Soda Tax Weighed as Way to Finance Health Care Commercial
This week, the Centers for Disease Control and Prevention (CDC) held the first ever conference on obesity titled “The Weight Of The Nation.” Obesity is a serious public health crisis, and according to new numbers released by the Journal of Health Affairs, spending on obesity-related health costs has doubled over the last decade, reaching a staggering $147 billion a year.
The beverage-tax proposal in addition to soda would apply to drinks that many Americans don’t consider unhealthy — such as PepsiCo’s Gatorade and Kraft’s Capri Sun — based on their calorie content.
Health advocates are floating other so-called sin tax proposals and food regulations as part of the government’s health-care overhaul. Mr. Jacobson also plans to propose Tuesday that the government sharply raise taxes on alcohol, move to largely eliminate artificial trans fat from food and move to reduce the sodium content in packaged and restaurant food.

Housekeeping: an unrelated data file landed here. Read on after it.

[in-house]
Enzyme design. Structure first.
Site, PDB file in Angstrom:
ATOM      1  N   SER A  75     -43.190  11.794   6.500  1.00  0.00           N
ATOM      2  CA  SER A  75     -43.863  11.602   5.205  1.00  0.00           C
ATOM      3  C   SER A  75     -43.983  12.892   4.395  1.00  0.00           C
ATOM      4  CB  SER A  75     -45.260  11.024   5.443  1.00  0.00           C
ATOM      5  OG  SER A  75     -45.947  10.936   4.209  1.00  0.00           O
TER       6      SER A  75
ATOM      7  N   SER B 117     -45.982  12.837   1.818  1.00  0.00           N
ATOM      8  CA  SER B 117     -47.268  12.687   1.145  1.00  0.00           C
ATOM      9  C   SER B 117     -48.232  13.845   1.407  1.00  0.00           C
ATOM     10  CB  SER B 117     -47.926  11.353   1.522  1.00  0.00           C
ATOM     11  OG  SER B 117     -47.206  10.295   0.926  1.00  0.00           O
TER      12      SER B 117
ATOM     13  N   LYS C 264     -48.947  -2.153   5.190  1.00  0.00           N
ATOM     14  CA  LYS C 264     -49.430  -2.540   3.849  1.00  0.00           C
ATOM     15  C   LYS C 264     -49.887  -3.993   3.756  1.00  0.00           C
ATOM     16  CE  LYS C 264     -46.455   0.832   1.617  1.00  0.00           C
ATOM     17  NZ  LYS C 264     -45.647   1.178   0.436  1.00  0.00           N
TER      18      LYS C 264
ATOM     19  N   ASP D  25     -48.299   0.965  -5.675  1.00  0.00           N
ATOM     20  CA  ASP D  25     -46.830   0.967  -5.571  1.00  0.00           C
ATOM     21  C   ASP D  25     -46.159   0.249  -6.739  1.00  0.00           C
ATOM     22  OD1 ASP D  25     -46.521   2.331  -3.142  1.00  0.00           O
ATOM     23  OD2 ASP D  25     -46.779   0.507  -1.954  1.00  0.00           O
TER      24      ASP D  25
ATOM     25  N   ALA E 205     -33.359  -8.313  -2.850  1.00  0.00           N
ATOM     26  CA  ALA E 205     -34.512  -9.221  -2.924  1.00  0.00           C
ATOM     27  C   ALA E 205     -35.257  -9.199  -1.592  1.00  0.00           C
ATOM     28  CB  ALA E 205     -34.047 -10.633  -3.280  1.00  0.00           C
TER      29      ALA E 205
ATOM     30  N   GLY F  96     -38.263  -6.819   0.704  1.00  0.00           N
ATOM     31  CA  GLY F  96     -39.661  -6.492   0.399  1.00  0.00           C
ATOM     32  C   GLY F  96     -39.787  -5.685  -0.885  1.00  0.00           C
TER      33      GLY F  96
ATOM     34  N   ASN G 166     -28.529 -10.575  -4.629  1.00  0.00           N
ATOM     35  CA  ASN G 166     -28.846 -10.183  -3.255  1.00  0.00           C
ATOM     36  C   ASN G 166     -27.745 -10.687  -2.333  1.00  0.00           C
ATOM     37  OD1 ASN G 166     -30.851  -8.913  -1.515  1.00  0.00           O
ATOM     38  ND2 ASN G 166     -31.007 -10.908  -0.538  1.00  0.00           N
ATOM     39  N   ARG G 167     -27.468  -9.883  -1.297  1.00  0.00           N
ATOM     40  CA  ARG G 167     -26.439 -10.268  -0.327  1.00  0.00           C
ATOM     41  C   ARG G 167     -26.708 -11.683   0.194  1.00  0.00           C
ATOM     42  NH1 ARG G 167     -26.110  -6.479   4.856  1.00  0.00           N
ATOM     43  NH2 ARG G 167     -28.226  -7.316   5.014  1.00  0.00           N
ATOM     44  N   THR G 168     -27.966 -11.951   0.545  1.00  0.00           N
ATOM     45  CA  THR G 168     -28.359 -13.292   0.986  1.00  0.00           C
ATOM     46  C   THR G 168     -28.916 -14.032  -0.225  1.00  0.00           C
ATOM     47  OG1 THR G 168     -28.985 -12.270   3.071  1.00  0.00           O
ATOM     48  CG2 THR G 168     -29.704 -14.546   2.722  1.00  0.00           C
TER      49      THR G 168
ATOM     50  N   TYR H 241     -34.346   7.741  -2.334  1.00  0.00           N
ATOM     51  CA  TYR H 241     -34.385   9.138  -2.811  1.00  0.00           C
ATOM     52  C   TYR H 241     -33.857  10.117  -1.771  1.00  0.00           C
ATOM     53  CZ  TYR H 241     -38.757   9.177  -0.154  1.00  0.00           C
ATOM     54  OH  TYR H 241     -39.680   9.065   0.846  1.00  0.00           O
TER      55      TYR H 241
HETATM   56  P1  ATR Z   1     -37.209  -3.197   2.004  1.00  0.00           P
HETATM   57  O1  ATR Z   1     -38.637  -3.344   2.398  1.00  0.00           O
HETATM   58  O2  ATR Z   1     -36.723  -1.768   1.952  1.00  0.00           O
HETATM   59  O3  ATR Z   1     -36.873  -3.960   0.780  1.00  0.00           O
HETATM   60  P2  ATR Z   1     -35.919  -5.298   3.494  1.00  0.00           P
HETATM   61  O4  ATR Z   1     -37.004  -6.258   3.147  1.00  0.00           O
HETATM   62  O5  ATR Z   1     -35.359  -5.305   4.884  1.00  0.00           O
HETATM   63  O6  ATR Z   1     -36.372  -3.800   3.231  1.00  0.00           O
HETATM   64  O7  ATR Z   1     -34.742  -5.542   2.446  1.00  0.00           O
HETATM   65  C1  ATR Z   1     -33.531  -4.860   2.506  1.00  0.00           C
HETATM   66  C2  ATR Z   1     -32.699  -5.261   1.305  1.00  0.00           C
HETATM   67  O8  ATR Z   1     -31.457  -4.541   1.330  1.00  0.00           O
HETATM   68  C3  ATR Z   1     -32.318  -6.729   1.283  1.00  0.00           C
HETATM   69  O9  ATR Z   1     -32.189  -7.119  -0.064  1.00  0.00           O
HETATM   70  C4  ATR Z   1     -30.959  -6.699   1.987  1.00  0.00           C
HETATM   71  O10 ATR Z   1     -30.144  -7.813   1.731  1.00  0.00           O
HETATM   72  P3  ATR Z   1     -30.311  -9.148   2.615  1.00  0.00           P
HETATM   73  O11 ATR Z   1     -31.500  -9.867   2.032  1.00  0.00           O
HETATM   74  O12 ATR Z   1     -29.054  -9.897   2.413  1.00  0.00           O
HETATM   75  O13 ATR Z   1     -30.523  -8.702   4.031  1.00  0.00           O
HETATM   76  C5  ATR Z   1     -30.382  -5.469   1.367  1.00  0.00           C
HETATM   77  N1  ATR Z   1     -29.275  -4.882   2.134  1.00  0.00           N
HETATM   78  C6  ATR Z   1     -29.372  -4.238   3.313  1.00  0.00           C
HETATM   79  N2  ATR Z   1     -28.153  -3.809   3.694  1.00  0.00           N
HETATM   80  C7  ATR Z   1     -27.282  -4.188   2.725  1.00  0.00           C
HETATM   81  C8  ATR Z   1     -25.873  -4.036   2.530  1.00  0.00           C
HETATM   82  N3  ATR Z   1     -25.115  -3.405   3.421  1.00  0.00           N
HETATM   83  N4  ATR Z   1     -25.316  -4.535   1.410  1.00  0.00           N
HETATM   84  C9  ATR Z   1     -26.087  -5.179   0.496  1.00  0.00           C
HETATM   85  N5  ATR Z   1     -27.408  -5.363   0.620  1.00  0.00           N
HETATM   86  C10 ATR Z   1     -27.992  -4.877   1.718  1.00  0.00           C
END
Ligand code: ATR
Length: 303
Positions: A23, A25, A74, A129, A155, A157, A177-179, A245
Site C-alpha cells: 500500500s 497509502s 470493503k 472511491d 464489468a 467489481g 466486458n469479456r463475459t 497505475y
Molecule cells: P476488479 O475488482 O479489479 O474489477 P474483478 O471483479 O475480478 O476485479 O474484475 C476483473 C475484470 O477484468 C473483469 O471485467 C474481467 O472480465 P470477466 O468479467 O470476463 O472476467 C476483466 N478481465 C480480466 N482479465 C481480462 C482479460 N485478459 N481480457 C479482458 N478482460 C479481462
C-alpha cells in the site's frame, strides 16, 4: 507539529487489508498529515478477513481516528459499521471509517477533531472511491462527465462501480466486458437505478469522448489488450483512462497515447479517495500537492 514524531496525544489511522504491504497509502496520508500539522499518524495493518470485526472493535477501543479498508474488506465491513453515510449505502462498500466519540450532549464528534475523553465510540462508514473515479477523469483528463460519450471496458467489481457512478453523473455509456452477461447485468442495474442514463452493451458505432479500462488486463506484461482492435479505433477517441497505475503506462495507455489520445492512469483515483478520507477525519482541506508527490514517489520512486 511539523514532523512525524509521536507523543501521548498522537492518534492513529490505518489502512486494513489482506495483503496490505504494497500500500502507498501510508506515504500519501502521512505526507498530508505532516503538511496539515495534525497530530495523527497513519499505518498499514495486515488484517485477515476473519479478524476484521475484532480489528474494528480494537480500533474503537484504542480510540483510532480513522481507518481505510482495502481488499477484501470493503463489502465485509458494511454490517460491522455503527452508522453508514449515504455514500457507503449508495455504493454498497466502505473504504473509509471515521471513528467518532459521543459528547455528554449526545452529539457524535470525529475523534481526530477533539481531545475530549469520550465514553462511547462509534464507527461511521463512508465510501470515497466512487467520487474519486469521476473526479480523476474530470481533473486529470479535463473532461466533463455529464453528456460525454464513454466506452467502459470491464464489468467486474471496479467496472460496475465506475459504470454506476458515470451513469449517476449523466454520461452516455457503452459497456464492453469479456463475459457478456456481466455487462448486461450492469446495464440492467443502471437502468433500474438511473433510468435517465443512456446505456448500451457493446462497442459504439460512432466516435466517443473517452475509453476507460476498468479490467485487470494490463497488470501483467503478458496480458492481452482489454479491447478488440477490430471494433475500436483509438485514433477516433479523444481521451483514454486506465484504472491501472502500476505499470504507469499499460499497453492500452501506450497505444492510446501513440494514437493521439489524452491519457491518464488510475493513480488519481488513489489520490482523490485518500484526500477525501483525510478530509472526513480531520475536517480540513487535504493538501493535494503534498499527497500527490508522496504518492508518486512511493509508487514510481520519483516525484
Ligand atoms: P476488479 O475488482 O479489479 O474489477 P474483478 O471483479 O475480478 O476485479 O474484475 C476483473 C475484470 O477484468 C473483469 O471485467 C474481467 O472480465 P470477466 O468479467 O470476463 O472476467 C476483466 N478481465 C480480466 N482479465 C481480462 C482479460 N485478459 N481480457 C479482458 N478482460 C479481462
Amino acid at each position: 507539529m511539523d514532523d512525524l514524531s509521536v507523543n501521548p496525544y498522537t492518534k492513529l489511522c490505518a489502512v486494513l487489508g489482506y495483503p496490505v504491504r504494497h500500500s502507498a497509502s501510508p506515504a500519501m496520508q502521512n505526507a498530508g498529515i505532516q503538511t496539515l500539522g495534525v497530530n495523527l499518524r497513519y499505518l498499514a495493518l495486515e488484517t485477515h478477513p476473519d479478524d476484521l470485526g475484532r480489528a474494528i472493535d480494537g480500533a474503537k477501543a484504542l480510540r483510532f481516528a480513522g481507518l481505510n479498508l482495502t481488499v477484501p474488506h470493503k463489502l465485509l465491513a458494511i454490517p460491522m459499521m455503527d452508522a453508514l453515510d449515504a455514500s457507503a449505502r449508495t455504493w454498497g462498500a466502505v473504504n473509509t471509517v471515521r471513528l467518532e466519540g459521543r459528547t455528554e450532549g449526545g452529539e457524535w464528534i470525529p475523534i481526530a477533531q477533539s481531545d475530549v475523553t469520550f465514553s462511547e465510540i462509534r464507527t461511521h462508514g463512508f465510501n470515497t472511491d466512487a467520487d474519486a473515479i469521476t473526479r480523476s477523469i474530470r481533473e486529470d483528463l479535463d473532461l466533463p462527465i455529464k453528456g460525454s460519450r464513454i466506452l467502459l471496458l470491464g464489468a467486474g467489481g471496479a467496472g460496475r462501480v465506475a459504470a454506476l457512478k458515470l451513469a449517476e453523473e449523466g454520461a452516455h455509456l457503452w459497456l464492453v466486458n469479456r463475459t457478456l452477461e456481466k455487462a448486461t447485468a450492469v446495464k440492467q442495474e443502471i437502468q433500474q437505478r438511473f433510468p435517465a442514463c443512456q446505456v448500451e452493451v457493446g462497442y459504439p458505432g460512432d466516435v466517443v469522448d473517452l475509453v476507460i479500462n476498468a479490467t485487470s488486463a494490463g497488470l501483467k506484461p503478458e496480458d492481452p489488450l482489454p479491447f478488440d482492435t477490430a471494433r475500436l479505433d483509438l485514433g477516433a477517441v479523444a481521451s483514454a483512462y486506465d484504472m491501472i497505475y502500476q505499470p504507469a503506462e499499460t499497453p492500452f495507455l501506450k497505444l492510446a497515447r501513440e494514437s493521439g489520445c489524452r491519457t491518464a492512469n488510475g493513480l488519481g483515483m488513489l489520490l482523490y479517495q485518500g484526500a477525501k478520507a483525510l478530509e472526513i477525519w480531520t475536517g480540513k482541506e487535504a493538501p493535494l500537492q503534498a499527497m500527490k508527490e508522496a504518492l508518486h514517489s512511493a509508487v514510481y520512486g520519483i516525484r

The beverage tax is just one of hundreds of ideas that lawmakers are weighing to finance the health-care plans. They’re expected to narrow the list in coming weeks.
“When it comes to health-care spending, we are on an unsustainable course that threatens the financial stability of families, businesses and government itself,” Mr. Obama told reporters.
This short commercial is from Americans Against Food Taxes. However, the coalition list reveals an impressive group of corporations who are backing the initiative, including 7-11, American Beverage Association, Coca-Cola, Pepsi, Red Bull, and Yum! Brands. Keane admits that most involved in the group have business interests they anticipate to be affected by a soda tax.
In this TV ad, Americans Against Food Taxes portray drinking soda as a healthy, natural, fun and family oriented activity, and a soda tax as an affront to both families watching their budgets and “the simple pleasures we all enjoy.”
I want to hear your comments on a soda tax; and what you think about drinking soda.